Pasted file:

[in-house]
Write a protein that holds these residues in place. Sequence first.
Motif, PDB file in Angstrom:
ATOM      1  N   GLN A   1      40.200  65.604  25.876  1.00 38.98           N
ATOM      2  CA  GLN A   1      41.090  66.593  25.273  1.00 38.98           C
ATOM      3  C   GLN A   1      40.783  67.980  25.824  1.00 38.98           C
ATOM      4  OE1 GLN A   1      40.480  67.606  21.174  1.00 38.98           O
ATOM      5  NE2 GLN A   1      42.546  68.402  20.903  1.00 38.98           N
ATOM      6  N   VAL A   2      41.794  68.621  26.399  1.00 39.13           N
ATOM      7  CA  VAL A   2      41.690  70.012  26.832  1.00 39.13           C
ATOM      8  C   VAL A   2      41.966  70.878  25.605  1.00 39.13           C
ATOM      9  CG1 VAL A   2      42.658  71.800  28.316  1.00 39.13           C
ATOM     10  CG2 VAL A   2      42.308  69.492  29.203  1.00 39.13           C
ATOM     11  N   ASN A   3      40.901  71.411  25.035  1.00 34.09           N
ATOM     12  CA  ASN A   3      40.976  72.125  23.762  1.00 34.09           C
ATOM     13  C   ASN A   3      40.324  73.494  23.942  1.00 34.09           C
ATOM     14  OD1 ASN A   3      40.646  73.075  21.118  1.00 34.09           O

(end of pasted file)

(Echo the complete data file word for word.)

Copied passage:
[in-house]
Write a protein that holds these residues in place. Sequence first.
Motif, PDB file in Angstrom:
ATOM      1  N   GLN A   1      40.200  65.604  25.876  1.00 38.98           N
ATOM      2  CA  GLN A   1      41.090  66.593  25.273  1.00 38.98           C
ATOM      3  C   GLN A   1      40.783  67.980  25.824  1.00 38.98           C
ATOM      4  OE1 GLN A   1      40.480  67.606  21.174  1.00 38.98           O
ATOM      5  NE2 GLN A   1      42.546  68.402  20.903  1.00 38.98           N
ATOM      6  N   VAL A   2      41.794  68.621  26.399  1.00 39.13           N
ATOM      7  CA  VAL A   2      41.690  70.012  26.832  1.00 39.13           C
ATOM      8  C   VAL A   2      41.966  70.878  25.605  1.00 39.13           C
ATOM      9  CG1 VAL A   2      42.658  71.800  28.316  1.00 39.13           C
ATOM     10  CG2 VAL A   2      42.308  69.492  29.203  1.00 39.13           C
ATOM     11  N   ASN A   3      40.901  71.411  25.035  1.00 34.09           N
ATOM     12  CA  ASN A   3      40.976  72.125  23.762  1.00 34.09           C
ATOM     13  C   ASN A   3      40.324  73.494  23.942  1.00 34.09           C
ATOM     14  OD1 ASN A   3      40.646  73.075  21.118  1.00 34.09           O